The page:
Woroniecki said she woke up to the faces of several concerned walkers, including an elderly couple and a man. She heard a helicopter cutting through the sky. She recalled worrying that she couldn’t afford the helicopter and telling the couple to go ahead, that they would be fine.
“I still thought I could get myself off the mountain,” she said.
But as her blood stained the snow, Woroniecki soon realized the severity of her injuries. Her face and hands had been cut open. She had a cut on her head that the walkers said was to the bone. Woroniecki didn’t know it at the time, but she had also broken two vertebrae in her neck.
The fellow hikers, one of whom called for help by activating a distress beacon, put a ski hat on her and covered her with emergency blankets. Woroniecki continued to pack her head wound with snow.
It took about two hours for the first helicopter to arrive — one of the hikers helped out by waving his bright orange beanie to mark their location — but the rescue was complicated by high winds. After several attempts by the helicopter to drop a cable, a rescuer who descended told Woroniecki that they should hike to another spot to be evacuated.
The pain seared through her body, especially her neck. Woroniecki grabbed her neck with her hands and began to pray: “Have mercy on me, here, now,” Woroniecki recalled asking God. “Please help me.”
She estimated she walked about 200 feet down the trail — the rescuer guided her while clasping her neck — before she was airlifted and transported to the trauma center at Pomona Valley Hospital Medical Center.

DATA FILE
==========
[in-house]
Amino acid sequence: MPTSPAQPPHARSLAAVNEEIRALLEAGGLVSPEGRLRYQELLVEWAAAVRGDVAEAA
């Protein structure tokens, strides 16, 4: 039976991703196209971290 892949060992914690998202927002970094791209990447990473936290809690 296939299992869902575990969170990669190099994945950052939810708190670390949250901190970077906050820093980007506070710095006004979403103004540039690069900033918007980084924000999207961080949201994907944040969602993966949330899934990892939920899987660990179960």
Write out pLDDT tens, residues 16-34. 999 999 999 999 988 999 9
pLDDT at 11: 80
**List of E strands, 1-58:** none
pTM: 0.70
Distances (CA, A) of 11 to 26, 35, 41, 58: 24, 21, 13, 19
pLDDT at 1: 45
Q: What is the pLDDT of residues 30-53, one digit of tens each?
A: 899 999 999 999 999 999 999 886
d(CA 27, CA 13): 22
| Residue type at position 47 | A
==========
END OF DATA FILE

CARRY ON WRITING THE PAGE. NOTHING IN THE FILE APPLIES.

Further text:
It was around 2 p.m., she said. The last time she remembered looking at the time was after 10 a.m. From the helicopter, Woroniecki texted her family.
“That was one of the hardest texts I’ve ever had to send,” Woroniecki said. Her brothers had already left the campsite to look for her. Her younger sister said the family was shocked and devastated.
Woroniecki spent five nights in intensive care. She received 40 stitches and staples in her head, as well as stitches on her nose and under her mouth. She had surgery to put screws and a plate in her spine to repair the broken vertebrae.
After six days bedridden in the hospital, Woroniecki finally took her first steps. She felt dizzy and unsteady, but with the support of the hospital’s therapy team, Woroniecki stabilized herself and slowly moved forward.
“It was like a surreal moment of, ‘I can’t believe this – I’m walking,'” Woroniecki said.
Since her fall almost two months ago, Woroniecki still has some numbness in her mouth and pain in her leg that causes her to limp. She wears a neck brace that she has decorated with a hand-drawn cross on one side and the words “John 14” for two Bible passages on the other. In the center the word “Jesus” in bold capital letters.
A scar runs from her left temple up through the center of her head. Another scar runs from under her lip to the center of her chin. She has to use the braces for another six weeks or so, she said. She rebuilds her strength daily.
There were some dark nights that day, she said.
“You’re human and you can’t help but analyze things,” Woroniecki said. “I definitely evaluate things and think twice: what should I do differently? …I will still live and walk.